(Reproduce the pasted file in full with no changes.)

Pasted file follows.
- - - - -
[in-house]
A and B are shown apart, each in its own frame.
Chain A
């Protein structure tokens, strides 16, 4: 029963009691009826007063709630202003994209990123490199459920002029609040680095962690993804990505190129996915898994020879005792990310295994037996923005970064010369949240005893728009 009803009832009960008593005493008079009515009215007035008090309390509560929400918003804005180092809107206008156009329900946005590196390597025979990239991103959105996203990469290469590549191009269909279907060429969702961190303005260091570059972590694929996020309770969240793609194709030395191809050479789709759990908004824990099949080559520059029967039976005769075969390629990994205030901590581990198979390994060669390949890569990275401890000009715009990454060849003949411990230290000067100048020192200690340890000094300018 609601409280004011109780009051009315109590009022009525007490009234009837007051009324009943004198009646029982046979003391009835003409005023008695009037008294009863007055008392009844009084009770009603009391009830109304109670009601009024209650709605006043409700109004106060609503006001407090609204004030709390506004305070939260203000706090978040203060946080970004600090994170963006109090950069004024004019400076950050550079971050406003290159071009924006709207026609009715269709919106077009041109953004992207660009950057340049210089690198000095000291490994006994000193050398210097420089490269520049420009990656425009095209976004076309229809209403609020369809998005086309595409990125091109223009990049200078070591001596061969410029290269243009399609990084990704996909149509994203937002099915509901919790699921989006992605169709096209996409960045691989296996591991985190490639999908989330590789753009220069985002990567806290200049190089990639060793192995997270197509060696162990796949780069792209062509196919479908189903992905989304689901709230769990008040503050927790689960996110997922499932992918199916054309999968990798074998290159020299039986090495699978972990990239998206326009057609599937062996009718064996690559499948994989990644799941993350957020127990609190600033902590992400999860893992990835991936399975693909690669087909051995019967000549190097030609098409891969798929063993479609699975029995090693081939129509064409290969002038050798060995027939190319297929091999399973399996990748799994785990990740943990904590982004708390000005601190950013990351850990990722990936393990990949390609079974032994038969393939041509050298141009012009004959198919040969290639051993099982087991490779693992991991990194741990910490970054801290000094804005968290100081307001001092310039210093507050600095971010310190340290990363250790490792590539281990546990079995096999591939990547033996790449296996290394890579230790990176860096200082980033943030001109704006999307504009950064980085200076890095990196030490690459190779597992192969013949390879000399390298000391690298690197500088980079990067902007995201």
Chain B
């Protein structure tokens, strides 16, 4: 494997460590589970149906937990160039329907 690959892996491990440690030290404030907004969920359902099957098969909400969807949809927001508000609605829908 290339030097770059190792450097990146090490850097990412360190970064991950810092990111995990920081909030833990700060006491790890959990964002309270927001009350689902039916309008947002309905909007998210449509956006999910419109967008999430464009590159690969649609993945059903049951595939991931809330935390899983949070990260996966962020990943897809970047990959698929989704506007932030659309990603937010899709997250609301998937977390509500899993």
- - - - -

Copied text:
[in-house]
A and B are shown apart, each in its own frame.
Chain A
């Protein structure tokens, strides 16, 4: 029963009691009826007063709630202003994209990123490199459920002029609040680095962690993804990505190129996915898994020879005792990310295994037996923005970064010369949240005893728009 009803009832009960008593005493008079009515009215007035008090309390509560929400918003804005180092809107206008156009329900946005590196390597025979990239991103959105996203990469290469590549191009269909279907060429969702961190303005260091570059972590694929996020309770969240793609194709030395191809050479789709759990908004824990099949080559520059029967039976005769075969390629990994205030901590581990198979390994060669390949890569990275401890000009715009990454060849003949411990230290000067100048020192200690340890000094300018 609601409280004011109780009051009315109590009022009525007490009234009837007051009324009943004198009646029982046979003391009835003409005023008695009037008294009863007055008392009844009084009770009603009391009830109304109670009601009024209650709605006043409700109004106060609503006001407090609204004030709390506004305070939260203000706090978040203060946080970004600090994170963006109090950069004024004019400076950050550079971050406003290159071009924006709207026609009715269709919106077009041109953004992207660009950057340049210089690198000095000291490994006994000193050398210097420089490269520049420009990656425009095209976004076309229809209403609020369809998005086309595409990125091109223009990049200078070591001596061969410029290269243009399609990084990704996909149509994203937002099915509901919790699921989006992605169709096209996409960045691989296996591991985190490639999908989330590789753009220069985002990567806290200049190089990639060793192995997270197509060696162990796949780069792209062509196919479908189903992905989304689901709230769990008040503050927790689960996110997922499932992918199916054309999968990798074998290159020299039986090495699978972990990239998206326009057609599937062996009718064996690559499948994989990644799941993350957020127990609190600033902590992400999860893992990835991936399975693909690669087909051995019967000549190097030609098409891969798929063993479609699975029995090693081939129509064409290969002038050798060995027939190319297929091999399973399996990748799994785990990740943990904590982004708390000005601190950013990351850990990722990936393990990949390609079974032994038969393939041509050298141009012009004959198919040969290639051993099982087991490779693992991991990194741990910490970054801290000094804005968290100081307001001092310039210093507050600095971010310190340290990363250790490792590539281990546990079995096999591939990547033996790449296996290394890579230790990176860096200082980033943030001109704006999307504009950064980085200076890095990196030490690459190779597992192969013949390879000399390298000391690298690197500088980079990067902007995201």
Chain B
């Protein structure tokens, strides 16, 4: 494997460590589970149906937990160039329907 690959892996491990440690030290404030907004969920359902099957098969909400969807949809927001508000609605829908 290339030097770059190792450097990146090490850097990412360190970064991950810092990111995990920081909030833990700060006491790890959990964002309270927001009350689902039916309008947002309905909007998210449509956006999910419109967008999430464009590159690969649609993945059903049951595939991931809330935390899983949070990260996966962020990943897809970047990959698929989704506007932030659309990603937010899709997250609301998937977390509500899993």